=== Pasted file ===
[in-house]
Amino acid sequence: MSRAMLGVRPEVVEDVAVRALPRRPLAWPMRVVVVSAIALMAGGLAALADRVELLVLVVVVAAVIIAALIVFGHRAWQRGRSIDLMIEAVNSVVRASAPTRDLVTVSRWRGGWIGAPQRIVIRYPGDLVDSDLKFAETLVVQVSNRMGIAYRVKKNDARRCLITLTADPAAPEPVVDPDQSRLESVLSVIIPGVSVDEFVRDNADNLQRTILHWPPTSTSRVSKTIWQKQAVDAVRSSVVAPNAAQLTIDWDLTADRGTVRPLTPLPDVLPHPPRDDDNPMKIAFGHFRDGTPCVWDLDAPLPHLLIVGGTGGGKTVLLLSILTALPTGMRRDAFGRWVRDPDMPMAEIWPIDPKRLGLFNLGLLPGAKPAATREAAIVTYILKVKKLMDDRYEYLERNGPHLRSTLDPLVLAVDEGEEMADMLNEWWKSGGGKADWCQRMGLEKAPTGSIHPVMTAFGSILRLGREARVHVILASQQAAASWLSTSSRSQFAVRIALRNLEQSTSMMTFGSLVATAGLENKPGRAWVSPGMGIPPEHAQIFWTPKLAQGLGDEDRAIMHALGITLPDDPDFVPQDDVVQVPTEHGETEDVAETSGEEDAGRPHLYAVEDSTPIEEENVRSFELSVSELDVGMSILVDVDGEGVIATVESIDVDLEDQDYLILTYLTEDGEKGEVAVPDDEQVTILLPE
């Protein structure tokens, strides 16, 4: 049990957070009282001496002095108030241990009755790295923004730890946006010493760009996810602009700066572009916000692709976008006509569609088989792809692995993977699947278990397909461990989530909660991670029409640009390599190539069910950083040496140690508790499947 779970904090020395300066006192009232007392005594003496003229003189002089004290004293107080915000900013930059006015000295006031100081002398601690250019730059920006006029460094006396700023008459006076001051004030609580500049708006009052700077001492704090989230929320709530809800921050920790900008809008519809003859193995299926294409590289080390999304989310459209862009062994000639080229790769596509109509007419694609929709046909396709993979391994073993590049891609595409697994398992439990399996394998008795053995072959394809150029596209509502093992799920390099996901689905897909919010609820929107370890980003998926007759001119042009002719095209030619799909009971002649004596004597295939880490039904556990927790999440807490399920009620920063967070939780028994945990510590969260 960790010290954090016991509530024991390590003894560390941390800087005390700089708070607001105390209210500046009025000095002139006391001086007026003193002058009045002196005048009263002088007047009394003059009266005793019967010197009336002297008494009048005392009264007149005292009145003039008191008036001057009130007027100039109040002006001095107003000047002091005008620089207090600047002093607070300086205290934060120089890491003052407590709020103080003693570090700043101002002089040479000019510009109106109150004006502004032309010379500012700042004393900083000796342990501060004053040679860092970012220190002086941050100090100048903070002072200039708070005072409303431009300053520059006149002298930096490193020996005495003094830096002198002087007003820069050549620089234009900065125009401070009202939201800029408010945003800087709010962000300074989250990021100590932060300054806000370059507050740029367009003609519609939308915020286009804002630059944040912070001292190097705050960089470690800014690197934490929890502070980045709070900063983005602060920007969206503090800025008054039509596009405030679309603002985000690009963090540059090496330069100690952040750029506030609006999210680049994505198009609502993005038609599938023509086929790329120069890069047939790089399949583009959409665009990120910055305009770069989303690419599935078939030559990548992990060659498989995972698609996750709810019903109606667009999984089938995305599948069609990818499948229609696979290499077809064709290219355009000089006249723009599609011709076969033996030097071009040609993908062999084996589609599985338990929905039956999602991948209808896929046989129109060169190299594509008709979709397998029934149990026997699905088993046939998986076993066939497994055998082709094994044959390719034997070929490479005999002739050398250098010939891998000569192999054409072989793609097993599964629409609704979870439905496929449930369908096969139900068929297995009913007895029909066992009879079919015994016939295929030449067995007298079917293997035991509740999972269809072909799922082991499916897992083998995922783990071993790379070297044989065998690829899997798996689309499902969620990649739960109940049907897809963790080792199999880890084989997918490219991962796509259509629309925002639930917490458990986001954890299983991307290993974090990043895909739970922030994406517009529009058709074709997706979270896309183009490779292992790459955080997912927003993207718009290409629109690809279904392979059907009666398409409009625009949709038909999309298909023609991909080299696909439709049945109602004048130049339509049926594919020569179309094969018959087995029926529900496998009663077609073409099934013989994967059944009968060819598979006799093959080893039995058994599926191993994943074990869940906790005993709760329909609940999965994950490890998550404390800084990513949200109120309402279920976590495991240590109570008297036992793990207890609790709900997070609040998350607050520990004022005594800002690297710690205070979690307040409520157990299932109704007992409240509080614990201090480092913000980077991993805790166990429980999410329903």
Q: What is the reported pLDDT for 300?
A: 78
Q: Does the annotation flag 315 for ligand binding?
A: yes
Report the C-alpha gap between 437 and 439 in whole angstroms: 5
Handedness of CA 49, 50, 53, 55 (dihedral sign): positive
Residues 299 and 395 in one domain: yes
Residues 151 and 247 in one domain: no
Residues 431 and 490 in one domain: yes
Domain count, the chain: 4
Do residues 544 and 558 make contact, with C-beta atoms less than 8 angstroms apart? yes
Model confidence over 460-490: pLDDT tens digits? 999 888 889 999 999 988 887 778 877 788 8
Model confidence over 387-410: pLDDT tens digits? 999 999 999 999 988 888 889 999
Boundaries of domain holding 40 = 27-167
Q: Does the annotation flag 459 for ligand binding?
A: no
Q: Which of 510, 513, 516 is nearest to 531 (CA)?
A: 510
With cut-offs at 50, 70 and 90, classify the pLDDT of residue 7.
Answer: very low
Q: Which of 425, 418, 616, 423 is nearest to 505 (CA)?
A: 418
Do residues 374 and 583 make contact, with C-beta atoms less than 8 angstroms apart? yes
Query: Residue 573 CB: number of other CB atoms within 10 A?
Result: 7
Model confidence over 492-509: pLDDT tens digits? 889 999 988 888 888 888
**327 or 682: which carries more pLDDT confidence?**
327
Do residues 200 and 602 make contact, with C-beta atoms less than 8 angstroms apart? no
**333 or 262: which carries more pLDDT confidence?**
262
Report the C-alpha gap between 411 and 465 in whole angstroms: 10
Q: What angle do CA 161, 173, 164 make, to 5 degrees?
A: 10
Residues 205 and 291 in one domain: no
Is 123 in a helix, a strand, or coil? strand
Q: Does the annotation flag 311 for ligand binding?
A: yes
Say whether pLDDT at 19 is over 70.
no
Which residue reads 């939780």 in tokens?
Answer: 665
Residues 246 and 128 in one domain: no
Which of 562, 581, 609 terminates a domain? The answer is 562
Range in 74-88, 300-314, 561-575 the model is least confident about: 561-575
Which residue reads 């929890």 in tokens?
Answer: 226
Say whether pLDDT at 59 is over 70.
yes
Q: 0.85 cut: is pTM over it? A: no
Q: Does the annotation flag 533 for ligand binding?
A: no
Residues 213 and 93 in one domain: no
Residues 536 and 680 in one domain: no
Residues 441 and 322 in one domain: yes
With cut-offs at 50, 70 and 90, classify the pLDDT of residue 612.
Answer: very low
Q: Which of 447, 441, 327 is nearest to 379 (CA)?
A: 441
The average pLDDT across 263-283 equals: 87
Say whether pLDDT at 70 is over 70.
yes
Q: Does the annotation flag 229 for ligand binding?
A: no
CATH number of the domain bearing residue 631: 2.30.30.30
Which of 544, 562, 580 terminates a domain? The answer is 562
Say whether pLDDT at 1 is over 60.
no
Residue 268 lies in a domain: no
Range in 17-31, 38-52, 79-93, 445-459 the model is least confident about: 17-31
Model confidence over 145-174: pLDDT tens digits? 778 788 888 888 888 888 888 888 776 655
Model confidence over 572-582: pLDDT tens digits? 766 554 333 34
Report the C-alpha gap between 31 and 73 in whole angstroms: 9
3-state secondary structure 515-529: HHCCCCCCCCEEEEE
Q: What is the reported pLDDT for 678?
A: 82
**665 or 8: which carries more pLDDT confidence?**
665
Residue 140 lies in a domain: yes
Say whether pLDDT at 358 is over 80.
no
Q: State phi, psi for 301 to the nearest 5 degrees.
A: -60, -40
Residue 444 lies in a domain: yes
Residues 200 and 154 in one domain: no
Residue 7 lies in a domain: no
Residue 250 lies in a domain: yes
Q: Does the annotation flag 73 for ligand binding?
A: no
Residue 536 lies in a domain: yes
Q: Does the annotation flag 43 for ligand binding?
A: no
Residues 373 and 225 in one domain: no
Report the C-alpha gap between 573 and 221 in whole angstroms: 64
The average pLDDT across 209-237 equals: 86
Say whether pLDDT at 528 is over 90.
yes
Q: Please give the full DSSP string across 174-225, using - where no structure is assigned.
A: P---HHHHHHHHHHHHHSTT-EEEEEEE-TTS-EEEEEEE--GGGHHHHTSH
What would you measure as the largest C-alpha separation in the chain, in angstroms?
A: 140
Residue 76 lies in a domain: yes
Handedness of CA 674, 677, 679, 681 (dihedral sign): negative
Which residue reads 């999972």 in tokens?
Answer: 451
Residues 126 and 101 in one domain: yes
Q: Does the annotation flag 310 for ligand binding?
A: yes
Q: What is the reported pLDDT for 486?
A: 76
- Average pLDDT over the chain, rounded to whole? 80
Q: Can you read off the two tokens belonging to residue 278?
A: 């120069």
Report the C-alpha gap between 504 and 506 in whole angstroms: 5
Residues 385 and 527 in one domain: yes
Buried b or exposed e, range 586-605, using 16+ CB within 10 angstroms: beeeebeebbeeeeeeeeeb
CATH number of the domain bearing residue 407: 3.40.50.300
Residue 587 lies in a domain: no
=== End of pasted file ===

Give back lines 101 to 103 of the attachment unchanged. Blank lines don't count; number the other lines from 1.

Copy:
Q: Please give the full DSSP string across 174-225, using - where no structure is assigned.
A: P---HHHHHHHHHHHHHSTT-EEEEEEE-TTS-EEEEEEE--GGGHHHHTSH
What would you measure as the largest C-alpha separation in the chain, in angstroms?